A fresh start

Taking time off before starting a new job can benefit you personally and professionally. But how much time should you take, and how should you negotiate it?
by Sophie Mackenzie


The second half of 2021 has seen a surge in job opportunities, with the CIPD reporting in its summer Labour market outlook that 69% of UK companies planned to recruit in the three months to September. It’s a great time to be looking for your next career move – but it might be worth slowing down the process and taking a break before embracing your new role.

Whether it’s gardening leave, accrued holiday or the strangely named ‘jobbymoon’, a break between jobs can leave you “refreshed and recharged, ready to take on a new challenge”, says executive coach Rebecca Zucker in a Harvard Business Review article.

“I took a year-long sabbatical in Paris earlier in my career, after working a few years in investment banking and then in an equally demanding job in strategic planning. This extended time off allowed me to re-evaluate and reset the course of my career and life for the better,” says Rebecca.

Such a lengthy and life-changing career break isn’t an option for everyone. There are many factors to consider: your finances, the impact of a gap in your CV, and of course your new employer’s willingness to delay your start date.

Negotiation game

“When negotiating any job offer, I would highly recommend you spend some serious time thinking about when you’d like to start,” writes Travis O’Rourke, president, Hays, Canada, in a 2019 blog post. “After all, taking a break, whether it be just for a couple of days or a couple of weeks, can be hugely beneficial in more ways than you may realise.”

However, given the effect of the pandemic on staff turnover and the resulting rush to fill vacancies, employers might understandably urge new hires to come on board as soon as possible. This is not necessarily beneficial to either party, as Travis points out.

Research published in 2014 by John Pencavel of Stanford University finds that overworking can make us less productive", writes Travis, to the point where those who work 70 hours a week achieve no more than those who work 55 hours. "Not only that, but a study by the University of Vienna found that taking a vacation improved the quality of both sleep and mood, and led to fewer reports of physical complaints for up to five weeks after the break from work."

So, how should you approach the negotiation process? A blog post for the companies review platform Inhersight offers these pointers:

  • Ask about the start date during the interview
    By asking, “When would you like the person in this position to start?” you can learn the employer’s ideal start date before you even get the job offer.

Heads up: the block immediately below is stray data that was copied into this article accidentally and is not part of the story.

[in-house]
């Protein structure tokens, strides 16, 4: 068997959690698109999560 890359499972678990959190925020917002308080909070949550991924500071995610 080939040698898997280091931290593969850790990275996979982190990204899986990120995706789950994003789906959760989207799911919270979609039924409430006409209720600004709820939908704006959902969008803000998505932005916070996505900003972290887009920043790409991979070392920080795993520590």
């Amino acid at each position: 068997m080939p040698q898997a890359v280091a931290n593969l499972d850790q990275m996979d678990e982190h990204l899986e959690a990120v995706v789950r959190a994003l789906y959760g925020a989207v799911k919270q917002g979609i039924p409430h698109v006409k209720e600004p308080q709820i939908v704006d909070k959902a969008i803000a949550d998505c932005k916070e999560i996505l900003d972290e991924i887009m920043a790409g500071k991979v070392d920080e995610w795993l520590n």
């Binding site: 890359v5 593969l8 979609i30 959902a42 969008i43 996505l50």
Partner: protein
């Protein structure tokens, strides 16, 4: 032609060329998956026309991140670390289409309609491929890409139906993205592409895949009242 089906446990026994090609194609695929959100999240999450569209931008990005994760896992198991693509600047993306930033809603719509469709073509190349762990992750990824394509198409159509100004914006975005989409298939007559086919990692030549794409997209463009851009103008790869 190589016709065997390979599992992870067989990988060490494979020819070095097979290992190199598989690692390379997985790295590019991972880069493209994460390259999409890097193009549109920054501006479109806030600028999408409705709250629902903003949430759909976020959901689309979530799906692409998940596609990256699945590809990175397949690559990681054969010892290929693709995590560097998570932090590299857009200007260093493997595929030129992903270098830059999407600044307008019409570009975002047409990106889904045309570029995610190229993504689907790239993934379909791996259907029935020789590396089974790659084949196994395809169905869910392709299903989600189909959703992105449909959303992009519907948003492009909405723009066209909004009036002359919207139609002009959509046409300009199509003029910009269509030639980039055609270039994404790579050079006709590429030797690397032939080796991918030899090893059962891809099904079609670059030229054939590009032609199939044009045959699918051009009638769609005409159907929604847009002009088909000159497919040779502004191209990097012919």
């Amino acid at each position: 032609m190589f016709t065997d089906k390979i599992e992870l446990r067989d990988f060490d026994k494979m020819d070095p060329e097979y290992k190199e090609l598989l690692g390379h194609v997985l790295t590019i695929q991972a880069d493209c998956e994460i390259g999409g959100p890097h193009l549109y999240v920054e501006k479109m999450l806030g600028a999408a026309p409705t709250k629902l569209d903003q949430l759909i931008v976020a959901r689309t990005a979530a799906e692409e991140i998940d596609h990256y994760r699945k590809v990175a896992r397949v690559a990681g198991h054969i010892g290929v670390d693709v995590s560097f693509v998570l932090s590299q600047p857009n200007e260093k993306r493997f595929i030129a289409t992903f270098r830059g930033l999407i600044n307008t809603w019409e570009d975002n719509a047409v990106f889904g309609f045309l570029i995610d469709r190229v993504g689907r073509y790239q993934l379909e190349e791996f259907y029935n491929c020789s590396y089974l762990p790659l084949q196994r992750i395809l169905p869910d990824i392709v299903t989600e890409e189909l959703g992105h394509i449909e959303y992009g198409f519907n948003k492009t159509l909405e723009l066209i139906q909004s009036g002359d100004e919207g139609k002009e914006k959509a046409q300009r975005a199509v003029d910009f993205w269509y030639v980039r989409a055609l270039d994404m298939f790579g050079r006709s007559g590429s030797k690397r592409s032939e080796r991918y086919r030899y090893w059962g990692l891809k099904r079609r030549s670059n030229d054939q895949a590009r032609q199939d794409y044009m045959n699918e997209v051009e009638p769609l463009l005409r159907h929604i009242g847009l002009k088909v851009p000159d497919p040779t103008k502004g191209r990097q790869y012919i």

• Negotiate after you receive the job offer
    Make sure you have a written offer in hand before proposing a new start date.

  • Be honest
    Don’t say that the date works for you if it really doesn’t.

  • Use positive language
    Instead of, “I really don’t think it’s fair that I have to start on that day,” say, “I’m confident I would feel better equipped to hit the ground running in three weeks.”

  • Don’t flake on the date you negotiated
    The worst thing you can do is score a new start date, then attempt to change it again. Once you get the start date you negotiated, honour it.

And Rebecca points out in the Harvard Business Review: “Research shows that negotiations are more successful when they are multi-issue negotiations, and your start date is one of many variables up for discussion.”

Valuable time

Negotiations concluded, you’ve successfully agreed a start date that works for you and your new employer. To make the most of the breathing space between jobs, it's worth thinking about how you'll spend that time. 

"Taking a staycation or spending a few days at home" can be restorative and refreshing, writes Travis in the Hays blog, but it’s not all about relaxing. “Take the time to get yourself into the right mindset for the role. Have you planned and practised your commute? What about purchasing the right outfit, or getting all that miscellaneous ‘life admin’ done before your daily schedule becomes swamped once more? You might even send an email to your new boss, letting them know how excited you are to join.”

Careers platform Indeed.com offers further pointers for making the most of your time off:

  • Make a list of priorities
    Plan what you want to accomplish during your time off. Maybe these are household chores or plans with friends. Your goal could also be to give yourself time to relax. Sometimes an accomplishment can be the act of allowing yourself to do nothing and enjoying it.
  • Keep a relaxed schedule
    When deciding what your priorities are, remember also to give yourself plenty of free time. This is your chance to live a little more spontaneously and decide what you want to do in the moment. Making time for yourself can help you reconnect with the person you are outside of work.
  • Consider your budget
    Since you are going without pay for a period of time, make sure to budget accordingly. Maybe you have some money set aside specifically for travel and leisure purposes. Just make sure that what you do during this time allows you to keep up with your regular finances.
  • Try to disconnect
    Many jobs require you to stay connected digitally throughout the entire day. Use your break as a time to turn off your notifications and live presently. This can help you focus more on yourself and your goals rather than what’s going on everywhere else. Still, remember to check your email periodically in case your new employer sends you HR paperwork or orientation materials.

Seen a blog, news story or discussion online that you think might interest CISI members? Email sophie.mackenzie@wardour.co.uk.
Published: 29 Oct 2021
  • Soft Skills
  • wellbeing
  • job-hunting
  • career development

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